How can you do everything possible to prevent subscribers from canceling their subscription or membership, without the FTC coming after you for fraud?
Maximizing new subscriber sign-ups and minimizing churn or cancelations should be a high priority for every subscription business.
And, when you have a motivated team that’s focused on hitting their numbers, if they aren’t monitored by a compliance attorney, you sometimes see tactics that cross the line.
Amazon Prime has been using a sign-up process that’s so easy, that many customers don’t even realize they’re starting a subscription. See it here.
Business Insider called out Amazon Prime’s cancelation process, saying it was “excessively hard!” – Ouch!
It’s fine to make an effort to demonstrate value and invite the customer to reconsider their decision to cancel, but in the end, the subscriber must be able to cancel without jumping through silly, irritating hoops, or worse, by a subscription business deliberately hiding the cancel button!
To avoid compliance issues, the FTC is very clear. They recommend subscription companies follow three key requirements:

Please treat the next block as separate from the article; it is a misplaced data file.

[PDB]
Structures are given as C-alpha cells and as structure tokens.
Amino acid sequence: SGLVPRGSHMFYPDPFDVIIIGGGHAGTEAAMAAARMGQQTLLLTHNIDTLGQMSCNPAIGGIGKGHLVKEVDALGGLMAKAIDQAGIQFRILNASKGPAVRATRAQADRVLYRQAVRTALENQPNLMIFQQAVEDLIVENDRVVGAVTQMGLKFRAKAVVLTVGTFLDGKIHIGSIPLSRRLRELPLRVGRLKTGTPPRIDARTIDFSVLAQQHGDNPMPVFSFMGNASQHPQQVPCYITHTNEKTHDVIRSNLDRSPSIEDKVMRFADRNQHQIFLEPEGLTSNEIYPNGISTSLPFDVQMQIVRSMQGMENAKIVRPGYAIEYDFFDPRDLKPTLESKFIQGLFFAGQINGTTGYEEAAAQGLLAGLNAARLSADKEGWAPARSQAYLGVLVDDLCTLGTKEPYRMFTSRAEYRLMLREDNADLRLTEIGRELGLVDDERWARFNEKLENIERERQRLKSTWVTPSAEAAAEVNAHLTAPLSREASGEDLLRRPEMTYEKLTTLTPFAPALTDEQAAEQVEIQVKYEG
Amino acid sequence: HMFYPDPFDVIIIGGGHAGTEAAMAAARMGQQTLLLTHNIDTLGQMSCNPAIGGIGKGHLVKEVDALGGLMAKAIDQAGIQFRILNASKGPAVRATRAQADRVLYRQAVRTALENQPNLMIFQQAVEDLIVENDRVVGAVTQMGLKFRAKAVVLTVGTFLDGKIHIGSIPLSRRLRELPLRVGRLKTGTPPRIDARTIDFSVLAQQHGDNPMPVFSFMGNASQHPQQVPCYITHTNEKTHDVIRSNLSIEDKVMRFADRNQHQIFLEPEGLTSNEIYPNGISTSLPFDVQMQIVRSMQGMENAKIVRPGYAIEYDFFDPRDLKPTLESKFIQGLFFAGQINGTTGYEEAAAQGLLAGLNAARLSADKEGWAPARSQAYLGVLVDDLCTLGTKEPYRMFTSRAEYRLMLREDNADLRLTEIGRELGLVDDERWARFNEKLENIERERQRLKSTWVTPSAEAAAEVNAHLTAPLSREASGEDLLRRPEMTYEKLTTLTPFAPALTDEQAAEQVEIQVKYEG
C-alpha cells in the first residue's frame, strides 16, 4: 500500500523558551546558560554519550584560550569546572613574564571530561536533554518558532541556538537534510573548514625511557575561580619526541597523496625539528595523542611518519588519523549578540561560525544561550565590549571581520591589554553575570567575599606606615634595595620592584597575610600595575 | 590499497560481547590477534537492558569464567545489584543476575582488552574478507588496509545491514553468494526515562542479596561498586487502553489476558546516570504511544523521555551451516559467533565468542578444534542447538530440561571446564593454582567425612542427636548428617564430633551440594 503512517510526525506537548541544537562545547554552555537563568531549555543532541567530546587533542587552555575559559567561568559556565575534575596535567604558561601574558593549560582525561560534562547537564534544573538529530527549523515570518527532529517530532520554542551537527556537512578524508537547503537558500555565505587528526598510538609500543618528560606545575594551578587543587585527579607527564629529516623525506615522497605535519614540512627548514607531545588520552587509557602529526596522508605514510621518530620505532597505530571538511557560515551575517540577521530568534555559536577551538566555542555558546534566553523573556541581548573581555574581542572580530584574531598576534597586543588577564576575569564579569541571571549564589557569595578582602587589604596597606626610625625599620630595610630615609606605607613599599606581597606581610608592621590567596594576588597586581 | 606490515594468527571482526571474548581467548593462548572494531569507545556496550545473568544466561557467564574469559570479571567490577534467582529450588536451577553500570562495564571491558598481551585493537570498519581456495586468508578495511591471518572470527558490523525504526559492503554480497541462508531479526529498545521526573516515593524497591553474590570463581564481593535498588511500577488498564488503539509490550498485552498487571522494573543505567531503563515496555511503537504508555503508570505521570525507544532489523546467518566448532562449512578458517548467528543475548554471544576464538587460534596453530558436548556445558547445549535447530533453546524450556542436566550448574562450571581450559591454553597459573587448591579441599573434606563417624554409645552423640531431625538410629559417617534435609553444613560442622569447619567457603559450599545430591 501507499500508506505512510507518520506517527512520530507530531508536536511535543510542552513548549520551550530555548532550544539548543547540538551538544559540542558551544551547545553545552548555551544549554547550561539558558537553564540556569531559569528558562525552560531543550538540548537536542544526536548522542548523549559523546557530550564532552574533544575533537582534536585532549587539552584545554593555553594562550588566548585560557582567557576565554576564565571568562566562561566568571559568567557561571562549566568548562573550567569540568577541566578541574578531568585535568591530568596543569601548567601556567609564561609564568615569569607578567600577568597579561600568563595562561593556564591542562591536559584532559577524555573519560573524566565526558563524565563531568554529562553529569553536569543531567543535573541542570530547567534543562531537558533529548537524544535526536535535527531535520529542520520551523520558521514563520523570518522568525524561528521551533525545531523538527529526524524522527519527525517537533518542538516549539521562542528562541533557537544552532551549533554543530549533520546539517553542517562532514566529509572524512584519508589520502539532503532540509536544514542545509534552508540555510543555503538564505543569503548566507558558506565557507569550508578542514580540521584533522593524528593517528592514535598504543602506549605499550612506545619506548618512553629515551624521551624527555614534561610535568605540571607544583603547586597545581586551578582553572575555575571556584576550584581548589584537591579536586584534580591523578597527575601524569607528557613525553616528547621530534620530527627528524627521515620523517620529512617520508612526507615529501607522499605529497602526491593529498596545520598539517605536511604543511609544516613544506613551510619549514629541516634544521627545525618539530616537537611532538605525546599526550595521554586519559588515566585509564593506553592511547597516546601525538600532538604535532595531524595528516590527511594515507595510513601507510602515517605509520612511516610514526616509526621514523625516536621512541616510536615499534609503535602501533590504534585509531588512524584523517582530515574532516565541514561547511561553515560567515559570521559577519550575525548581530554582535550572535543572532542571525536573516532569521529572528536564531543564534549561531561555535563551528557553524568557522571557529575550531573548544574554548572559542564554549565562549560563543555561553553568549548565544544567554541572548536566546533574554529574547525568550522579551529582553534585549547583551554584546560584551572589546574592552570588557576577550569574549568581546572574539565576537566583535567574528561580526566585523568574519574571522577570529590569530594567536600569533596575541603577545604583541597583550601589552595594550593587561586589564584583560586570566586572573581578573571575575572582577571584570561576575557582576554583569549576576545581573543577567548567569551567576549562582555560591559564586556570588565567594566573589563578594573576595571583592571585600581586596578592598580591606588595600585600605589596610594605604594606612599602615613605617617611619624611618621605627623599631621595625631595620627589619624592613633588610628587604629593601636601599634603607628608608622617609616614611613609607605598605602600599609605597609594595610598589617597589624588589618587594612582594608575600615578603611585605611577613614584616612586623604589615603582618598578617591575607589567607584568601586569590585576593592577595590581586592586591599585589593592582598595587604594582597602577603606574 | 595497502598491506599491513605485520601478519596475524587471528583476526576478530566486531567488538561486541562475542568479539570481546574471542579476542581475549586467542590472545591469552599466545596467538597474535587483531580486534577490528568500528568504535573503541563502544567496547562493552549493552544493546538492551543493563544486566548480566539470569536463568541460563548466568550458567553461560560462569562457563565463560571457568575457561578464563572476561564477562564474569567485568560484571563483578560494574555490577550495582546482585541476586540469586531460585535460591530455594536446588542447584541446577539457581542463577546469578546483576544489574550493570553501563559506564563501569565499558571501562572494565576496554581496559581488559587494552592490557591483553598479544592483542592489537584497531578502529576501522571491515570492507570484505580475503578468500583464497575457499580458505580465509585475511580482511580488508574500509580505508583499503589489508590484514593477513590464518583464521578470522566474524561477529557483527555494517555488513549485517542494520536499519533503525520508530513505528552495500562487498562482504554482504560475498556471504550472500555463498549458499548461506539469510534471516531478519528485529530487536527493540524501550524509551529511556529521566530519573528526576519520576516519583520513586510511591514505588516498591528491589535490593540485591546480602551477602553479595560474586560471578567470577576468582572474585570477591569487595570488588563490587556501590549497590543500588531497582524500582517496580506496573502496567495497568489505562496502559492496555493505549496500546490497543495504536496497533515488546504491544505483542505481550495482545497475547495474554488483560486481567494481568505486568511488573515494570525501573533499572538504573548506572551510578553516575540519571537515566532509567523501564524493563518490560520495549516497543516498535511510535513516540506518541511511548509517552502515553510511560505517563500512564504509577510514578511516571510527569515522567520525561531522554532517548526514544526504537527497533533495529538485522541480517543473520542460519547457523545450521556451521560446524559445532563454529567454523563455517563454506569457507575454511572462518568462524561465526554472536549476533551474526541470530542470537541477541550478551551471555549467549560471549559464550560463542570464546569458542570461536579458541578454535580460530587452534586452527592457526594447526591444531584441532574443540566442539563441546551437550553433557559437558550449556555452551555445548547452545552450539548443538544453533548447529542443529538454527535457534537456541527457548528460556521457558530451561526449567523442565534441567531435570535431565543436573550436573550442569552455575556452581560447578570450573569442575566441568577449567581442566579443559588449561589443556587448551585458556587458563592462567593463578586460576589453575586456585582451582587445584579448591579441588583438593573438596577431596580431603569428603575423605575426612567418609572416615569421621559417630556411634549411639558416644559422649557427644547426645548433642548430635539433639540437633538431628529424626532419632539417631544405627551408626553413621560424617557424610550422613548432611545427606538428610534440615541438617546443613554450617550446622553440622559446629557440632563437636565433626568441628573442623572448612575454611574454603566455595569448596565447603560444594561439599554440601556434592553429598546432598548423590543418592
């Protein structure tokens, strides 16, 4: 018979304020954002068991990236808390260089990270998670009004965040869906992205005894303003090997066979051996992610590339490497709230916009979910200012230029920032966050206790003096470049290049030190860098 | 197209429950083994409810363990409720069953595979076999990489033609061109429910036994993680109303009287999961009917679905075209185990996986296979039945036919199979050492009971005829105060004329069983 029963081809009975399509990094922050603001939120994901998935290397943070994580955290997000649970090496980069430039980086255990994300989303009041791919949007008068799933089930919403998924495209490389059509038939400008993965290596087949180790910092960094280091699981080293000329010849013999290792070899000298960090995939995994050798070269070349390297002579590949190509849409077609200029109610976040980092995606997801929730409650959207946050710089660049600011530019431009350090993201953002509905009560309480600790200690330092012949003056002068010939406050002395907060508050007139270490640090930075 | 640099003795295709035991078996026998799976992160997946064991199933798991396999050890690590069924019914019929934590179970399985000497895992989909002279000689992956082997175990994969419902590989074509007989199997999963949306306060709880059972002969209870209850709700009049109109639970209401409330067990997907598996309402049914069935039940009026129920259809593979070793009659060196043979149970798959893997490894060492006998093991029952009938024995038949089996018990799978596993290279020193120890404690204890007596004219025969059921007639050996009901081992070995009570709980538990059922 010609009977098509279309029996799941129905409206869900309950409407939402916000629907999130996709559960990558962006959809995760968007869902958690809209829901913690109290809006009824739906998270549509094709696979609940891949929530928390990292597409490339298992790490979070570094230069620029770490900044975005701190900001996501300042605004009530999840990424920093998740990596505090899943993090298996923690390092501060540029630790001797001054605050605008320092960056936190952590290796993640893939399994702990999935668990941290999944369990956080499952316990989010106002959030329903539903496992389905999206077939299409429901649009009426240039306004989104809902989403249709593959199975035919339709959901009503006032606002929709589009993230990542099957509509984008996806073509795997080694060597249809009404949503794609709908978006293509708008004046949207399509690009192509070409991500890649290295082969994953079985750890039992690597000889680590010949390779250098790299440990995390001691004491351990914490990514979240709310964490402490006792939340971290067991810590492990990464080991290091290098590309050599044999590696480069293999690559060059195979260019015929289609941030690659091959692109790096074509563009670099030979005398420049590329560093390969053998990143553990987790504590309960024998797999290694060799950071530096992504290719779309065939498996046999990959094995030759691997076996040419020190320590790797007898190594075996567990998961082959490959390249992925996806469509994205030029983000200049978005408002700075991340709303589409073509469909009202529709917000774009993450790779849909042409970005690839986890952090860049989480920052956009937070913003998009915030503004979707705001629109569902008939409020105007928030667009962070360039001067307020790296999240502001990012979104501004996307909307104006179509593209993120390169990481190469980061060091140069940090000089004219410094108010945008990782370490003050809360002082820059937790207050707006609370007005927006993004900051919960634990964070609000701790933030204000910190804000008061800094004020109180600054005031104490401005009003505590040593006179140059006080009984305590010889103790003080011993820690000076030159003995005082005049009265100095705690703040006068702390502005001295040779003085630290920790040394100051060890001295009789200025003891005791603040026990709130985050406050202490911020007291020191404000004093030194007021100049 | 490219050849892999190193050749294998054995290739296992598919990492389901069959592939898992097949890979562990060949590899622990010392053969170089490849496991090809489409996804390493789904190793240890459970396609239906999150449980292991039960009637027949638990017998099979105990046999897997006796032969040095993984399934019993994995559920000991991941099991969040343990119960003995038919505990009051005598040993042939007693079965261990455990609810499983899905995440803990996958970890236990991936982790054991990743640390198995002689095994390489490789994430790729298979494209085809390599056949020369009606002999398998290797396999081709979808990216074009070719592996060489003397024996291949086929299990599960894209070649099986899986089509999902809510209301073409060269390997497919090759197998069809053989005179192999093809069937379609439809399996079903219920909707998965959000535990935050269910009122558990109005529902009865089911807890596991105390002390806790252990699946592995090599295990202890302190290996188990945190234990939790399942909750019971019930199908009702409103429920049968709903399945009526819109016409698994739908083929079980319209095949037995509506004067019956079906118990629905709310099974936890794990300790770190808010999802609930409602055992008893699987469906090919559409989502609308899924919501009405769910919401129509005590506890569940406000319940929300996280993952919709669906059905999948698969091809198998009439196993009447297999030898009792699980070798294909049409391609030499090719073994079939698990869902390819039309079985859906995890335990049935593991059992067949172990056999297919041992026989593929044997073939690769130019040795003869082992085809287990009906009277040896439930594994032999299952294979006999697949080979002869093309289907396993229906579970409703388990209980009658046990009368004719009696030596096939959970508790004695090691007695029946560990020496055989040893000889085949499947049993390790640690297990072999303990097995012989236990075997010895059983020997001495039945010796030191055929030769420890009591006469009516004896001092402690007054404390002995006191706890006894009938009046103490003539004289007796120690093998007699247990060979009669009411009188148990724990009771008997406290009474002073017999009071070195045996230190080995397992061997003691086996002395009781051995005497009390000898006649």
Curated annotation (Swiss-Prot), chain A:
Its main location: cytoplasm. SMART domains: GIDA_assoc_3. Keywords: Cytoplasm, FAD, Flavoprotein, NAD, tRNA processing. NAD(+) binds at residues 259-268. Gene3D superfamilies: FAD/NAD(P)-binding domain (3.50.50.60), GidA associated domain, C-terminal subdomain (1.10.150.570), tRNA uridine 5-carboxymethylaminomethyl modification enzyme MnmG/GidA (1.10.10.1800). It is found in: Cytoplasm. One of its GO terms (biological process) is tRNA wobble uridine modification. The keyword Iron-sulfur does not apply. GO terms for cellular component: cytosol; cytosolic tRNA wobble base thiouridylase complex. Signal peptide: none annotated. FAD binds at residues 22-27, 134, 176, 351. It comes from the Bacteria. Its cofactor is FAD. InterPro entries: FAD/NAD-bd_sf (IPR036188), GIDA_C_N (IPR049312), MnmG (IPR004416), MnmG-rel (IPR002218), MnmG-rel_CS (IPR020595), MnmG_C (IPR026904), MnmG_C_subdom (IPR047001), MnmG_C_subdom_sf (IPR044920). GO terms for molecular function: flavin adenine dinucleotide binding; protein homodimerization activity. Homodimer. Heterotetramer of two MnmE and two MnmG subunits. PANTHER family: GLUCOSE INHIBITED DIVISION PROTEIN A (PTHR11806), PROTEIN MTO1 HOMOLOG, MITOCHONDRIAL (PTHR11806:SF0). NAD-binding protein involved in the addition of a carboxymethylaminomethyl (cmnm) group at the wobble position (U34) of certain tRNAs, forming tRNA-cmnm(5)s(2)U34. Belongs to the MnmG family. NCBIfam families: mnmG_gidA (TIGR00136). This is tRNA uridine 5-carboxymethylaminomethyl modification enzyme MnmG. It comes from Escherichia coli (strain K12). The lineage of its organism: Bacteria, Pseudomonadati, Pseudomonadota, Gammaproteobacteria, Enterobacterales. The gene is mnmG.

- Clearly and conspicuously disclose all material terms of a subscription product or service. Yes, be upfront that a subscription is being offered, and declare the price and billing frequency.
- Obtain a consumer’s express informed consent before charging the consumer for products or services. Avoid any sneaky practice of getting them to click on a button without realizing they’re starting a subscription.
- Provide easy and simple cancellation procedures. It’s not difficult to do that, and customers deserve to be treated well, even when they decide to cancel.
Jeff Bezos is famous for the quote, “The No. 1 thing that has made us successful by far is obsessive-compulsive focus on the customer.” In the light of this FTC investigation and what I show you in this video, does the Amazon Prime processes live up to the philosophy in that quote?
This episode of Be Unleavable® Subscription Growth breaks down Amazon’s Prime sign-up tactics and cancelation process, and reveals where they went too far, so you can avoid a similar investigation.